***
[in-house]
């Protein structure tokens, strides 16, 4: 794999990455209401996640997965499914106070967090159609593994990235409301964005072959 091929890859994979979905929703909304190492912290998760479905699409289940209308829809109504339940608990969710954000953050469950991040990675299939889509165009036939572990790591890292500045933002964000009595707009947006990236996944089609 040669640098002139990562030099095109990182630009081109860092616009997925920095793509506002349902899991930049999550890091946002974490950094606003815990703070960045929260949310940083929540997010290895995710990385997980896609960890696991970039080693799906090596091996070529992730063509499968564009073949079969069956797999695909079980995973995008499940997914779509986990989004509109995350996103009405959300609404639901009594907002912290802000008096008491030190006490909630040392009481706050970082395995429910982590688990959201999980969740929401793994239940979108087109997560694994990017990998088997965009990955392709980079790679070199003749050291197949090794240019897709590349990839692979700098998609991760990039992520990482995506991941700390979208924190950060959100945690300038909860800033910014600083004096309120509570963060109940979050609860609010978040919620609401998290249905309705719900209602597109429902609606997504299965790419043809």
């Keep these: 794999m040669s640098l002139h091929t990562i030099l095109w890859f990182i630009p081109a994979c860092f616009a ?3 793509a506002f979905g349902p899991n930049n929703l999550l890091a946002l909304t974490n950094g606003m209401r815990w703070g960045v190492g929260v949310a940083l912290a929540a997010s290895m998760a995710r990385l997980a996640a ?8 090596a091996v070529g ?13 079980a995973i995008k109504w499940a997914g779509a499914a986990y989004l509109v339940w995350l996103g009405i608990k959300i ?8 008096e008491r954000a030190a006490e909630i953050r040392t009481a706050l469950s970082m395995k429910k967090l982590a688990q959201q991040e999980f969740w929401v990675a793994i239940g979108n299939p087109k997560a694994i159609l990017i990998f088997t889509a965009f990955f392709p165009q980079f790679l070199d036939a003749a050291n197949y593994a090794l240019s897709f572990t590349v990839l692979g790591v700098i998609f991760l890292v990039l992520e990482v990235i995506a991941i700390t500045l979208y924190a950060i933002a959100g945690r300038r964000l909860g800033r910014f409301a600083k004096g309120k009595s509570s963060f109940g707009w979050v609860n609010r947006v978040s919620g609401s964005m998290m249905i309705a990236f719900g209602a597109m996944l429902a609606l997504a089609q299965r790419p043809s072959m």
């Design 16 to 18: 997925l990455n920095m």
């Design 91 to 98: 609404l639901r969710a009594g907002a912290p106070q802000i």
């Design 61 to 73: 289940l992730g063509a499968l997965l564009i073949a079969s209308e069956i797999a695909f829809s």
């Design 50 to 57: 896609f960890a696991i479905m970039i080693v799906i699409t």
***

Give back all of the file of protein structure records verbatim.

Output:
[in-house]
């Protein structure tokens, strides 16, 4: 794999990455209401996640997965499914106070967090159609593994990235409301964005072959 091929890859994979979905929703909304190492912290998760479905699409289940209308829809109504339940608990969710954000953050469950991040990675299939889509165009036939572990790591890292500045933002964000009595707009947006990236996944089609 040669640098002139990562030099095109990182630009081109860092616009997925920095793509506002349902899991930049999550890091946002974490950094606003815990703070960045929260949310940083929540997010290895995710990385997980896609960890696991970039080693799906090596091996070529992730063509499968564009073949079969069956797999695909079980995973995008499940997914779509986990989004509109995350996103009405959300609404639901009594907002912290802000008096008491030190006490909630040392009481706050970082395995429910982590688990959201999980969740929401793994239940979108087109997560694994990017990998088997965009990955392709980079790679070199003749050291197949090794240019897709590349990839692979700098998609991760990039992520990482995506991941700390979208924190950060959100945690300038909860800033910014600083004096309120509570963060109940979050609860609010978040919620609401998290249905309705719900209602597109429902609606997504299965790419043809």
């Keep these: 794999m040669s640098l002139h091929t990562i030099l095109w890859f990182i630009p081109a994979c860092f616009a ?3 793509a506002f979905g349902p899991n930049n929703l999550l890091a946002l909304t974490n950094g606003m209401r815990w703070g960045v190492g929260v949310a940083l912290a929540a997010s290895m998760a995710r990385l997980a996640a ?8 090596a091996v070529g ?13 079980a995973i995008k109504w499940a997914g779509a499914a986990y989004l509109v339940w995350l996103g009405i608990k959300i ?8 008096e008491r954000a030190a006490e909630i953050r040392t009481a706050l469950s970082m395995k429910k967090l982590a688990q959201q991040e999980f969740w929401v990675a793994i239940g979108n299939p087109k997560a694994i159609l990017i990998f088997t889509a965009f990955f392709p165009q980079f790679l070199d036939a003749a050291n197949y593994a090794l240019s897709f572990t590349v990839l692979g790591v700098i998609f991760l890292v990039l992520e990482v990235i995506a991941i700390t500045l979208y924190a950060i933002a959100g945690r300038r964000l909860g800033r910014f409301a600083k004096g309120k009595s509570s963060f109940g707009w979050v609860n609010r947006v978040s919620g609401s964005m998290m249905i309705a990236f719900g209602a597109m996944l429902a609606l997504a089609q299965r790419p043809s072959m």
């Design 16 to 18: 997925l990455n920095m």
């Design 91 to 98: 609404l639901r969710a009594g907002a912290p106070q802000i």
């Design 61 to 73: 289940l992730g063509a499968l997965l564009i073949a079969s209308e069956i797999a695909f829809s």
């Design 50 to 57: 896609f960890a696991i479905m970039i080693v799906i699409t």